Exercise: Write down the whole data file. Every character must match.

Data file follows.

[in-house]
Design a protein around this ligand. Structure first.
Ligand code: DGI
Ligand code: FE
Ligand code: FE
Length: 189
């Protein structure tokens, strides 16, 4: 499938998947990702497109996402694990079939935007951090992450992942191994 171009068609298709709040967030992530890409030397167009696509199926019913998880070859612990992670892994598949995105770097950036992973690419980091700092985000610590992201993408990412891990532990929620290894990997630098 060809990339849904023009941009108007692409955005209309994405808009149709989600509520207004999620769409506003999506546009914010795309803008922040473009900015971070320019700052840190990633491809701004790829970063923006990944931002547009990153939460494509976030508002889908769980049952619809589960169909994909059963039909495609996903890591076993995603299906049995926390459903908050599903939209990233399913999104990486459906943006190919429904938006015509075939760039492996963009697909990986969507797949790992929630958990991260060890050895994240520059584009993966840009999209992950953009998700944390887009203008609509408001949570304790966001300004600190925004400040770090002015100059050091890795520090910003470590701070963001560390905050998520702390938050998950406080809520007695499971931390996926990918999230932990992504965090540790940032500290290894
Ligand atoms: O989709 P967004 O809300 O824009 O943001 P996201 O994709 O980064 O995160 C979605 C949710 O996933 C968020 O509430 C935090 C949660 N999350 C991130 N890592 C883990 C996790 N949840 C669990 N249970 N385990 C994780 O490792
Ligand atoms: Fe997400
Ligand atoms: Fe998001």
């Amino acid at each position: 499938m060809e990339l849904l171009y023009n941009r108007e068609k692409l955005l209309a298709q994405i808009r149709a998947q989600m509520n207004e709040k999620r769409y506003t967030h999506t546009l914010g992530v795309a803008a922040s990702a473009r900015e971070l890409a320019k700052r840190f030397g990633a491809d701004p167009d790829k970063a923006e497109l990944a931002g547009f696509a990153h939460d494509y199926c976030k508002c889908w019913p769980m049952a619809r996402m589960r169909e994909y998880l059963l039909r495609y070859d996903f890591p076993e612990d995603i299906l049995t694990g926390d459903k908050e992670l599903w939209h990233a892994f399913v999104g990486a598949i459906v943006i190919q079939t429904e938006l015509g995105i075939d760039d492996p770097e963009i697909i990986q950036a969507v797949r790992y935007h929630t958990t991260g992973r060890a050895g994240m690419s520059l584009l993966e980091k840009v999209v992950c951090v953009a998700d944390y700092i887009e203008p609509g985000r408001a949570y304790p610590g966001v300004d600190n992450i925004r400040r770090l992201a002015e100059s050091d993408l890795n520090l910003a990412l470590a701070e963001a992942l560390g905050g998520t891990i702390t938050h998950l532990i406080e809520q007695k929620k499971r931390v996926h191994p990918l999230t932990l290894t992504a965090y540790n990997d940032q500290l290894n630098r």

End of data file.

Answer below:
[in-house]
Design a protein around this ligand. Structure first.
Ligand code: DGI
Ligand code: FE
Ligand code: FE
Length: 189
């Protein structure tokens, strides 16, 4: 499938998947990702497109996402694990079939935007951090992450992942191994 171009068609298709709040967030992530890409030397167009696509199926019913998880070859612990992670892994598949995105770097950036992973690419980091700092985000610590992201993408990412891990532990929620290894990997630098 060809990339849904023009941009108007692409955005209309994405808009149709989600509520207004999620769409506003999506546009914010795309803008922040473009900015971070320019700052840190990633491809701004790829970063923006990944931002547009990153939460494509976030508002889908769980049952619809589960169909994909059963039909495609996903890591076993995603299906049995926390459903908050599903939209990233399913999104990486459906943006190919429904938006015509075939760039492996963009697909990986969507797949790992929630958990991260060890050895994240520059584009993966840009999209992950953009998700944390887009203008609509408001949570304790966001300004600190925004400040770090002015100059050091890795520090910003470590701070963001560390905050998520702390938050998950406080809520007695499971931390996926990918999230932990992504965090540790940032500290290894
Ligand atoms: O989709 P967004 O809300 O824009 O943001 P996201 O994709 O980064 O995160 C979605 C949710 O996933 C968020 O509430 C935090 C949660 N999350 C991130 N890592 C883990 C996790 N949840 C669990 N249970 N385990 C994780 O490792
Ligand atoms: Fe997400
Ligand atoms: Fe998001």
């Amino acid at each position: 499938m060809e990339l849904l171009y023009n941009r108007e068609k692409l955005l209309a298709q994405i808009r149709a998947q989600m509520n207004e709040k999620r769409y506003t967030h999506t546009l914010g992530v795309a803008a922040s990702a473009r900015e971070l890409a320019k700052r840190f030397g990633a491809d701004p167009d790829k970063a923006e497109l990944a931002g547009f696509a990153h939460d494509y199926c976030k508002c889908w019913p769980m049952a619809r996402m589960r169909e994909y998880l059963l039909r495609y070859d996903f890591p076993e612990d995603i299906l049995t694990g926390d459903k908050e992670l599903w939209h990233a892994f399913v999104g990486a598949i459906v943006i190919q079939t429904e938006l015509g995105i075939d760039d492996p770097e963009i697909i990986q950036a969507v797949r790992y935007h929630t958990t991260g992973r060890a050895g994240m690419s520059l584009l993966e980091k840009v999209v992950c951090v953009a998700d944390y700092i887009e203008p609509g985000r408001a949570y304790p610590g966001v300004d600190n992450i925004r400040r770090l992201a002015e100059s050091d993408l890795n520090l910003a990412l470590a701070e963001a992942l560390g905050g998520t891990i702390t938050h998950l532990i406080e809520q007695k929620k499971r931390v996926h191994p990918l999230t932990l290894t992504a965090y540790n990997d940032q500290l290894n630098r």